Researchers at the University of Queensland have pulled unlikely inspiration in their ground-breaking work developing advanced new cameras that can detect cancer.
Dublin: 01.10.2014 12.57AM
Dr Anna Salvati, post-doctoral researcher at the UCD Centre for BioNano Interactions
Nanotechnology holds promise for medicine, particularly for accessing cells and tissues in new ways. Claire O’Connell found out from Dr Anna Salvati why it’s important to understand how cells and nanoparticles get along.
It can be hard to get your head around just how small a nanoparticle is. There’s the standard description that a nanoparticle or nanomaterial has a dimension of less than 100 nanometres, and a nanometre is a billionth of a metre - but does that really get the point across?
Here’s another comparison that puts it into context: nanoparticles can be similar in size to large proteins, the kinds of molecules that drive activity in our cells, or to viruses, which seek to get inside cells. Now we’re getting somewhere.
Being that size means nanoparticles have all sorts of interesting properties that we could harness for medicine, explains Dr Anna Salvati, a post-doctoral researcher at the UCD Centre for BioNano Interactions.
She is looking closely at what happens when you expose living cells to various nanoparticles. “We see they can enter the cells very easily,” she says. “And if we manage to learn how that happens and how to control it, it could be used for medicine to be able to transport drugs into places where drugs don’t normally arrive - and only there, in a more specific way, to limit side effects.”
Knowing how nanoparticles behave around living cells and tissues is also important for understanding safety, she adds. “If nanoparticles or nanomaterials can get into the body, we want to know how they interact with the body. You are asking the same kinds of questions here, too.”
Salvati has an interest in these ‘bionano interactions’ from both a chemical and biological perspective. She studied biology at the University of Florence, then did a PhD in physical chemistry, which she admits was an unusual switch. “I wanted to have a mix of competencies and this was a way to do it,” she says.
For her PhD in Italy and Sweden (at Lund University, she designed and made nanoparticles to ferry drugs into cells, and during this time she got to know Prof Kenneth Dawson at UCD. So she moved to UCD in 2007 to join his group, just when the research on bionano interactions got going.
At first, the team worked on building up the methods to set up and look at these nanoscale interactions, and this has allowed them in more recent years to ask some of the ‘tough questions’ about what is going on, explains Salvati, whose work has been supported by Science Foundation Ireland, IRCSET and European FP7 funding.
The group’s discoveries are now shedding light on the complexity of those interactions, not least how nanoparticles draw around them a ‘cloak’ of molecules from the environment, and this can affect their behaviour.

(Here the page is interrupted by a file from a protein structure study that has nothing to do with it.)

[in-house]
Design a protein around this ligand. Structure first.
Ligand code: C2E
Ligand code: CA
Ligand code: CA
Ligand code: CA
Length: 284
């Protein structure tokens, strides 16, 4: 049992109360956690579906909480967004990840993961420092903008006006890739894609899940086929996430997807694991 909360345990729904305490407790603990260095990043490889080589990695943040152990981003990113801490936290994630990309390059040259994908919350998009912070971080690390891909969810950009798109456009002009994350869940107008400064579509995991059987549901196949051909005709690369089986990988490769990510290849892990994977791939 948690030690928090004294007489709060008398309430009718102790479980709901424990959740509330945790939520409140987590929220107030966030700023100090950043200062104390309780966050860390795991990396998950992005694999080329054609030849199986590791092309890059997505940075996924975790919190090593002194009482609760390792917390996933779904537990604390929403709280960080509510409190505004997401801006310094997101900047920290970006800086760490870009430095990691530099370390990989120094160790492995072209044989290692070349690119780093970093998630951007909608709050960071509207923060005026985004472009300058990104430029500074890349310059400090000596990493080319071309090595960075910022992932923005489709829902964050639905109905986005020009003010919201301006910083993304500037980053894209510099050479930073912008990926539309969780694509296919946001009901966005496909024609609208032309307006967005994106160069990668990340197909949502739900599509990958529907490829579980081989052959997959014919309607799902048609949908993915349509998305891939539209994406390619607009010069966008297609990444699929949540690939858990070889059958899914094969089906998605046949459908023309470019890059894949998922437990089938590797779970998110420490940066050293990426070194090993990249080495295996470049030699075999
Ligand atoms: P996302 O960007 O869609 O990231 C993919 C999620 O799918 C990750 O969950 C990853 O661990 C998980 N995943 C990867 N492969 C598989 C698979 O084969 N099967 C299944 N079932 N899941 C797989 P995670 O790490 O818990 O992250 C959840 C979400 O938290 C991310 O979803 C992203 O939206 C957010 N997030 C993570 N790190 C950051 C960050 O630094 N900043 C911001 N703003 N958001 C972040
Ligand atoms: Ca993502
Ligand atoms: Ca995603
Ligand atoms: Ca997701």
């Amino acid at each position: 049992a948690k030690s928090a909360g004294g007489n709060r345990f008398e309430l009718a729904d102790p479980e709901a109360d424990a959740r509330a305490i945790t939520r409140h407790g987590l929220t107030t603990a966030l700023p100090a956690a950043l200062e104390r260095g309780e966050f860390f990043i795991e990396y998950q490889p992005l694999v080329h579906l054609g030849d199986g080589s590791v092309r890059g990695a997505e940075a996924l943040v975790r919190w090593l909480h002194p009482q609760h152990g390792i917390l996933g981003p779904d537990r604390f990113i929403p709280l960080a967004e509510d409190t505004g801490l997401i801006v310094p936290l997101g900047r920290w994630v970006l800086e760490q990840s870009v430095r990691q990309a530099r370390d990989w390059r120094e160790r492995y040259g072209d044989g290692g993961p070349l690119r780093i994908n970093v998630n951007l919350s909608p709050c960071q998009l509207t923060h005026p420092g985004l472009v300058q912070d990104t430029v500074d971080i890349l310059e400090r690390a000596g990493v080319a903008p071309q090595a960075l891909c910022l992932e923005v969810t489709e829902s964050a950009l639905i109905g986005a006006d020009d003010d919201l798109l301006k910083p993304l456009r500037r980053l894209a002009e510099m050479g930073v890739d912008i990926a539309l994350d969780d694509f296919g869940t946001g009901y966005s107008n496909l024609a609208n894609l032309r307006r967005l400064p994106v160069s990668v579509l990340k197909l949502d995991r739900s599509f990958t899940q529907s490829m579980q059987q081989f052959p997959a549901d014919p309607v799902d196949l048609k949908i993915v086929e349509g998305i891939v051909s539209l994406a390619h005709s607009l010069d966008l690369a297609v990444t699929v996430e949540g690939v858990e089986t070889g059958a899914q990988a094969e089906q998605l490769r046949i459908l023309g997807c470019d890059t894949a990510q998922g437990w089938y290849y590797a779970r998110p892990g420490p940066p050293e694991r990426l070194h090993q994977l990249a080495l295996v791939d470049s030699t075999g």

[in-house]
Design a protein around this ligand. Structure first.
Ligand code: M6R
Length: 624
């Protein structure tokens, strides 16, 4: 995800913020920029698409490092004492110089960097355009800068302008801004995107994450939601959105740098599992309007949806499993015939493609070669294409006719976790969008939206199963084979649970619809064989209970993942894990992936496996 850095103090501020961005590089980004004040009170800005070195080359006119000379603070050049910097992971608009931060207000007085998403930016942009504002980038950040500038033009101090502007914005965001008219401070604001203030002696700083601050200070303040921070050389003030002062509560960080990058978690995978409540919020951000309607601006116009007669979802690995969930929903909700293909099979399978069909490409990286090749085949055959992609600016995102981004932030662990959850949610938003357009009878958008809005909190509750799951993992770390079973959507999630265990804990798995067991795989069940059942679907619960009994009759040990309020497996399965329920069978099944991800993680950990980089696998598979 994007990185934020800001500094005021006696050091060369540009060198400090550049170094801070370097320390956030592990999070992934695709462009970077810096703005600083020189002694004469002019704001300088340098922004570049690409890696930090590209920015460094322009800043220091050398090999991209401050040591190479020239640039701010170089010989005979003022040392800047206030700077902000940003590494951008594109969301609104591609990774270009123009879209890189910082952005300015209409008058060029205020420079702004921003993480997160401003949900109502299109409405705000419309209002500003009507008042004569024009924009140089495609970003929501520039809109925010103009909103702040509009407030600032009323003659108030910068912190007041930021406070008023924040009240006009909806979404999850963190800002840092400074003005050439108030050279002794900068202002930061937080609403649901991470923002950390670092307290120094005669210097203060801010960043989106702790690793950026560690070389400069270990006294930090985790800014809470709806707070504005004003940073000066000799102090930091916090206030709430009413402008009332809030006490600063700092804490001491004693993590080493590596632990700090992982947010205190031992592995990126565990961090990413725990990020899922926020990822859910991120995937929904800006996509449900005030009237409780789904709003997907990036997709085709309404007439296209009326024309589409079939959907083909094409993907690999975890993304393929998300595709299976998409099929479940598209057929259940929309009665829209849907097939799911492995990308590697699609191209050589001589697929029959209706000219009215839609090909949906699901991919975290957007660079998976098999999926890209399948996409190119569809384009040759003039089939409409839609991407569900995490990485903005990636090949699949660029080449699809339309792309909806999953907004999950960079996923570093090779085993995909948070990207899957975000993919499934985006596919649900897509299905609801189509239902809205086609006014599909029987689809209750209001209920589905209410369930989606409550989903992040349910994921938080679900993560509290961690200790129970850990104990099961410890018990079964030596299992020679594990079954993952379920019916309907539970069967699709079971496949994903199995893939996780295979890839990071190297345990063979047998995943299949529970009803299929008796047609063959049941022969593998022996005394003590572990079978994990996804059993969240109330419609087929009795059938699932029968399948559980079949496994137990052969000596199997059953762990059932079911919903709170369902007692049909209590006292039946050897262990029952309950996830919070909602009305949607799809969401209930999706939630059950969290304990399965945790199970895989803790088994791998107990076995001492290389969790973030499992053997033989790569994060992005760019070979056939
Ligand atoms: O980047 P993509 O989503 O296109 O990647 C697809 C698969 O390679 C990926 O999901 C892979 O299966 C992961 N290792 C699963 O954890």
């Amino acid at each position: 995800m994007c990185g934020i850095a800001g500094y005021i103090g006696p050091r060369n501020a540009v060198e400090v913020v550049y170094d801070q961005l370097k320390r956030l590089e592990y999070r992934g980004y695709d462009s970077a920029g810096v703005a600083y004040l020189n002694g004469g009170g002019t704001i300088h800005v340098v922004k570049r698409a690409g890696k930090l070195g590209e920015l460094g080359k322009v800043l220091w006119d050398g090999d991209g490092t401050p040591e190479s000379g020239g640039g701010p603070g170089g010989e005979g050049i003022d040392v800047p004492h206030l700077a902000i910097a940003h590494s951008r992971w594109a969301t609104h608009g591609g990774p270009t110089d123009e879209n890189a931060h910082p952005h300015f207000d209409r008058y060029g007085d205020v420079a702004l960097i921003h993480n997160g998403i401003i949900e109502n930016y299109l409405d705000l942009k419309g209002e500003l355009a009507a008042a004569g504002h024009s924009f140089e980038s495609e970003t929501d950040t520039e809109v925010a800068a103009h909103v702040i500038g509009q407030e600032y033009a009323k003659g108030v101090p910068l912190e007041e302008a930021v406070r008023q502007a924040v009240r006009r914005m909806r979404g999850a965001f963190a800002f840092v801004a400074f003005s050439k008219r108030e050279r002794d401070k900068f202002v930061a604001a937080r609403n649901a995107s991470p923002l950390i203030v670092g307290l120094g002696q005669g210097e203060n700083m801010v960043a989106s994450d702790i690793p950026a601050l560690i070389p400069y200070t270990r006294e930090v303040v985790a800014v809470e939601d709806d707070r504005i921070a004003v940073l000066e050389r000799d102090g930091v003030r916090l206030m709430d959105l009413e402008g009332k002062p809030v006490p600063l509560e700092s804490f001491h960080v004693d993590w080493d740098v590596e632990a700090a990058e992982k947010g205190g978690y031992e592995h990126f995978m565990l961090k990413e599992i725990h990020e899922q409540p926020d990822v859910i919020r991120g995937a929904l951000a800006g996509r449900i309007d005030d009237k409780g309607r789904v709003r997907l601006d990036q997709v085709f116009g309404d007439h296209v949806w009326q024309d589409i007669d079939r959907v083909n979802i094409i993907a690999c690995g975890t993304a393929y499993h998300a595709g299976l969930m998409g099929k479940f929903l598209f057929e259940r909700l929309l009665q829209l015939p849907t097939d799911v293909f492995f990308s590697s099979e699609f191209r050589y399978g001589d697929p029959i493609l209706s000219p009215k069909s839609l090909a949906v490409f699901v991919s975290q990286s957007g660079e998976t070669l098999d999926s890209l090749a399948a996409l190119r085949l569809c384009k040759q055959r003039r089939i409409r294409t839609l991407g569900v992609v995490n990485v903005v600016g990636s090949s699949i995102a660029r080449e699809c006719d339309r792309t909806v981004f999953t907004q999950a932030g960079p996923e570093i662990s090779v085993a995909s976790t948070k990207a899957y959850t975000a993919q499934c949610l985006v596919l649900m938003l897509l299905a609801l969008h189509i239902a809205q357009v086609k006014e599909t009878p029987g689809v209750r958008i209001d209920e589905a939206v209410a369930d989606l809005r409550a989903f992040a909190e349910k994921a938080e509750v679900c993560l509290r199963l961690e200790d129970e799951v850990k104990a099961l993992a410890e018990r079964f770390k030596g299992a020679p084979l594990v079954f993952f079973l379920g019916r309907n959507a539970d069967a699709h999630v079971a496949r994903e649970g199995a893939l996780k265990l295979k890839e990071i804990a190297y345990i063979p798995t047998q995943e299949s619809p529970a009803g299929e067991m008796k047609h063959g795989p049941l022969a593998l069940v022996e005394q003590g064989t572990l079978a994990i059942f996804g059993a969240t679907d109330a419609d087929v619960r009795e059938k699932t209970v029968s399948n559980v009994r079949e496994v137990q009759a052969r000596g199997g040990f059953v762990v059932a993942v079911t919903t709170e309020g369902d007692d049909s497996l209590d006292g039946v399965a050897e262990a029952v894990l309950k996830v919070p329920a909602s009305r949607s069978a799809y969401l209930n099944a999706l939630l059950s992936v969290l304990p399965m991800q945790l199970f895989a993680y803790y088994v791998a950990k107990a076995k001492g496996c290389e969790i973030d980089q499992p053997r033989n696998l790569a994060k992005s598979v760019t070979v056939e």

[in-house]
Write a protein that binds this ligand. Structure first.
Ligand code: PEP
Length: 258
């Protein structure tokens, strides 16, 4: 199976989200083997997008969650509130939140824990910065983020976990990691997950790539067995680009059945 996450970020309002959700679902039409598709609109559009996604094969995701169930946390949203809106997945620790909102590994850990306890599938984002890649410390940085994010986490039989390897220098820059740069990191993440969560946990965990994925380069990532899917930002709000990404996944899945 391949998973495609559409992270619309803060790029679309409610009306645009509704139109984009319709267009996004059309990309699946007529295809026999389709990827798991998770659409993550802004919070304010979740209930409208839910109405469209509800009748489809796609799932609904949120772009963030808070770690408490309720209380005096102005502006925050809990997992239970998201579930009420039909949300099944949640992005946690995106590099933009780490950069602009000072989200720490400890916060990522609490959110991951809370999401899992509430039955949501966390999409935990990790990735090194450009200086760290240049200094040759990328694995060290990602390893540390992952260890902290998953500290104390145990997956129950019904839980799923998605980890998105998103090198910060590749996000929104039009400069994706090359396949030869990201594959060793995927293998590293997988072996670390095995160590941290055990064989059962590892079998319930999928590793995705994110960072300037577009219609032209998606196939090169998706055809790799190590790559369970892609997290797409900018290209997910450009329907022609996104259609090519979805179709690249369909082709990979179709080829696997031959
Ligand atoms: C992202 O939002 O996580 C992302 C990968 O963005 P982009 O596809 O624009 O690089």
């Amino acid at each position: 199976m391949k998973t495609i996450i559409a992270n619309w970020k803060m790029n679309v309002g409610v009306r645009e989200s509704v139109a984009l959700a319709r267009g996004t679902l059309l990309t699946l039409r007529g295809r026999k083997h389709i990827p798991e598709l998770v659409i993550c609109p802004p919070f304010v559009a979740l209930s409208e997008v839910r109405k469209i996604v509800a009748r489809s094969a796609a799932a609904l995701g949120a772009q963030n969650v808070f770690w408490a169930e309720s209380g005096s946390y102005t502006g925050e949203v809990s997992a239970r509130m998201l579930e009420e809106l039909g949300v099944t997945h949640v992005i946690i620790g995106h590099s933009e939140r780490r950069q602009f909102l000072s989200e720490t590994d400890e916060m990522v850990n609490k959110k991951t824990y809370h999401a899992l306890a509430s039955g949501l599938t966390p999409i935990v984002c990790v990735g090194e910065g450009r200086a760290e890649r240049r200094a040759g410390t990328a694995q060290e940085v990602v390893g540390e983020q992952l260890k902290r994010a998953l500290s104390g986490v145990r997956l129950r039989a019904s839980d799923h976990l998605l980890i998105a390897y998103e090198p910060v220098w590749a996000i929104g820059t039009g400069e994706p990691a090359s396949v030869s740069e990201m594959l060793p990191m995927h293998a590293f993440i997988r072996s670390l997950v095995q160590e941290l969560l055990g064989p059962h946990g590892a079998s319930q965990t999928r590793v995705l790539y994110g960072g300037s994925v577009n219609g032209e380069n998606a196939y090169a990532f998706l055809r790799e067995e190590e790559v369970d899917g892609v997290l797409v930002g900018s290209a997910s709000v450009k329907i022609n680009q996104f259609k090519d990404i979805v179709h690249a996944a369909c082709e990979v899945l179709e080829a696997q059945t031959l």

Salvati has also been looking at what happens to nanoparticles that are customised with transferrin, a molecule that should allow them to gain preferential access to some types of cancer cells.
She and colleagues found that if the environment around the cells was biologically complex or crowded - like it is in the blood - the nanoparticles were less likely to ‘find’ their target on the cells and gain access.
The findings, published recently in Nature Nanotechnology, could help to explain why nanoparticles might behave one way in the relatively simple environment of cells growing in a lab, but quite another way in the ‘busier’ environment of the human body, explains Salvati.
But once nanoparticles do get inside cells, what happens then? Do they stay put? And when cells grow and divide, do the nanoparticles get moved along into the new cells? Salvati and colleagues came up with some answers by exposing cells in the lab to nanoparticles and carefully tracking what happened.
They saw that if nanoparticles went into a cell and later the cell divided, the nanoparticles would go into the ‘daughter’ cells. This could have important implications for how nanoparticles used for diagnosis or drug delivery would stick around inside different tissues and organs, explains Salvati.
“If cells divide quickly, that will dilute the amount of internalised nanoparticles quickly, because every time a cell divides it splits the load,” she says. “On the other hand, cells that divide at a slower rate might potentially accumulate more nanoparticles if there is no other method of clearing them.”
Getting a better handle on such bionano interactions should help to inform more effective designs in nanomedicine, according to Salvati. “There is a lot of interest in nanomedicine but success stories to date are limited,” she says. “I think that in order to design a successful drug carrier, firstly there is a need to focus on these interactions and to understand how a cell processes nanoparticles, and in my view the fact the ‘bionano’ field - which is focused on these questions - is growing is promising for nanomedicine.”
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